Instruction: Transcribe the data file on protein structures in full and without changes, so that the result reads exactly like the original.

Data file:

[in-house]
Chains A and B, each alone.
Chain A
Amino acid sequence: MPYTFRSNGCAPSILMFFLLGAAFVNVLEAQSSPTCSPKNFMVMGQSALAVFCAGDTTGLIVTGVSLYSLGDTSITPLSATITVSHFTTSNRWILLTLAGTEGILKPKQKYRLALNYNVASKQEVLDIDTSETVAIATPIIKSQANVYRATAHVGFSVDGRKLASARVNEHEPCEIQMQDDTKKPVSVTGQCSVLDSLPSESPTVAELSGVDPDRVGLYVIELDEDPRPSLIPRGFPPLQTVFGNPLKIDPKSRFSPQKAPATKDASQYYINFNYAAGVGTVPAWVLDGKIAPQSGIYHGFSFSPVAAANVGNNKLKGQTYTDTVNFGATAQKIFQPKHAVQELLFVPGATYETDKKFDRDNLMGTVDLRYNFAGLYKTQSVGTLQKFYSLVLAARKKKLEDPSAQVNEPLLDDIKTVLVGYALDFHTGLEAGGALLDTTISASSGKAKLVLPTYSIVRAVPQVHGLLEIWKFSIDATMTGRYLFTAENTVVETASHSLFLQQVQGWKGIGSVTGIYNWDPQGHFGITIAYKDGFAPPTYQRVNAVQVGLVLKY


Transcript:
[in-house]
Chains A and B, each alone.
Chain A
Amino acid sequence: MPYTFRSNGCAPSILMFFLLGAAFVNVLEAQSSPTCSPKNFMVMGQSALAVFCAGDTTGLIVTGVSLYSLGDTSITPLSATITVSHFTTSNRWILLTLAGTEGILKPKQKYRLALNYNVASKQEVLDIDTSETVAIATPIIKSQANVYRATAHVGFSVDGRKLASARVNEHEPCEIQMQDDTKKPVSVTGQCSVLDSLPSESPTVAELSGVDPDRVGLYVIELDEDPRPSLIPRGFPPLQTVFGNPLKIDPKSRFSPQKAPATKDASQYYINFNYAAGVGTVPAWVLDGKIAPQSGIYHGFSFSPVAAANVGNNKLKGQTYTDTVNFGATAQKIFQPKHAVQELLFVPGATYETDKKFDRDNLMGTVDLRYNFAGLYKTQSVGTLQKFYSLVLAARKKKLEDPSAQVNEPLLDDIKTVLVGYALDFHTGLEAGGALLDTTISASSGKAKLVLPTYSIVRAVPQVHGLLEIWKFSIDATMTGRYLFTAENTVVETASHSLFLQQVQGWKGIGSVTGIYNWDPQGHFGITIAYKDGFAPPTYQRVNAVQVGLVLKY